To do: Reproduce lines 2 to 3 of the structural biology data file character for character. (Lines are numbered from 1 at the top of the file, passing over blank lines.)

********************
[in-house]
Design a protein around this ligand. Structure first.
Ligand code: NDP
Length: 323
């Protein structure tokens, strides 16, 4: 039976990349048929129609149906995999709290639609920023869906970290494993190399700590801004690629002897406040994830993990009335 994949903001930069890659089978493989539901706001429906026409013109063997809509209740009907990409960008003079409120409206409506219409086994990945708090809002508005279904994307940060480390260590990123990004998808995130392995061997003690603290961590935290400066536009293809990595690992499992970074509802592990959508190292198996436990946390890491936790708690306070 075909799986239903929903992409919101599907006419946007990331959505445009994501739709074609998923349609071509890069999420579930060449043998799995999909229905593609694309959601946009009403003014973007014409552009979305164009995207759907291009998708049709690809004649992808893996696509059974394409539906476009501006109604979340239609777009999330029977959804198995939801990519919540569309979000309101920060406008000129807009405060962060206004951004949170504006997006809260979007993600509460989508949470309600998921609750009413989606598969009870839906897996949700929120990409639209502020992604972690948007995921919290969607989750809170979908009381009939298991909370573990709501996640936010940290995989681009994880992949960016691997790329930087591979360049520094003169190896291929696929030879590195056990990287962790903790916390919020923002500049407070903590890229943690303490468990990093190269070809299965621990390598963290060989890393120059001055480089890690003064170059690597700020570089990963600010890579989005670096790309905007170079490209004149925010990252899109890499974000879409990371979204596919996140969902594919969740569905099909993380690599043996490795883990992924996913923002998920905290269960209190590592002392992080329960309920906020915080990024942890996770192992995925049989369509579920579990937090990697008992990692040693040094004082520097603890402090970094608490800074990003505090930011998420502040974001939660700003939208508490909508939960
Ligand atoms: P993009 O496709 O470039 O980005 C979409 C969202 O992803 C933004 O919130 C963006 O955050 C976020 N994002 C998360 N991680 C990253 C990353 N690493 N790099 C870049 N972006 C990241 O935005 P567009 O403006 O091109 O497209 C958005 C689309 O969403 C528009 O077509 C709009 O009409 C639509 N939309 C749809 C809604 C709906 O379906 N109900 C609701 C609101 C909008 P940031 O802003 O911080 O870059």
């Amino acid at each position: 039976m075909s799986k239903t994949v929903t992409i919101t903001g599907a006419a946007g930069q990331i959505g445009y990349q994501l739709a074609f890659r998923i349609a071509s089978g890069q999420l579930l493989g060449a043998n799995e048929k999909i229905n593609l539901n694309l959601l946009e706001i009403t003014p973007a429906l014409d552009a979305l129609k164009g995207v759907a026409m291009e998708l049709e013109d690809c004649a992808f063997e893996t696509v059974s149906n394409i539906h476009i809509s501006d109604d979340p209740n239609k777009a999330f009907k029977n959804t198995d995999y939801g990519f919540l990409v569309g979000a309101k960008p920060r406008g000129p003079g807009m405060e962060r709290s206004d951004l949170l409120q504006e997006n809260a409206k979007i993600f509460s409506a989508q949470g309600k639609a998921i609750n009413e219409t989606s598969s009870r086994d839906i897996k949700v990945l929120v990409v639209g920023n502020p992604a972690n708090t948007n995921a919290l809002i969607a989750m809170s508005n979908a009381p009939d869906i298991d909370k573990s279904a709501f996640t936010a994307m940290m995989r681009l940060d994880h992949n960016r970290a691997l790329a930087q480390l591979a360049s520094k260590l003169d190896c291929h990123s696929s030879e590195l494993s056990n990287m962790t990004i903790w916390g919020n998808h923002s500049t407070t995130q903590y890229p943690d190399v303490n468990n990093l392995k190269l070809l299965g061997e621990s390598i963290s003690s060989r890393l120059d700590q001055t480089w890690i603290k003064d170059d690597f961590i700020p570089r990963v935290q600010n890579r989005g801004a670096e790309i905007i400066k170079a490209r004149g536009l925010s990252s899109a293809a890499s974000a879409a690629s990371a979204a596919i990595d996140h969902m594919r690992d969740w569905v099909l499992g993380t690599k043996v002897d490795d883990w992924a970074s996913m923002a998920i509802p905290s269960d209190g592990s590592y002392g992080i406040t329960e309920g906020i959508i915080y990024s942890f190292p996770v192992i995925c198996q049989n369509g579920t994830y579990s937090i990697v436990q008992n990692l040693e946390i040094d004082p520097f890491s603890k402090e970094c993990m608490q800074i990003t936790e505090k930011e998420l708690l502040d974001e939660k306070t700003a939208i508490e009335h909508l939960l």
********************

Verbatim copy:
Design a protein around this ligand. Structure first.
Ligand code: NDP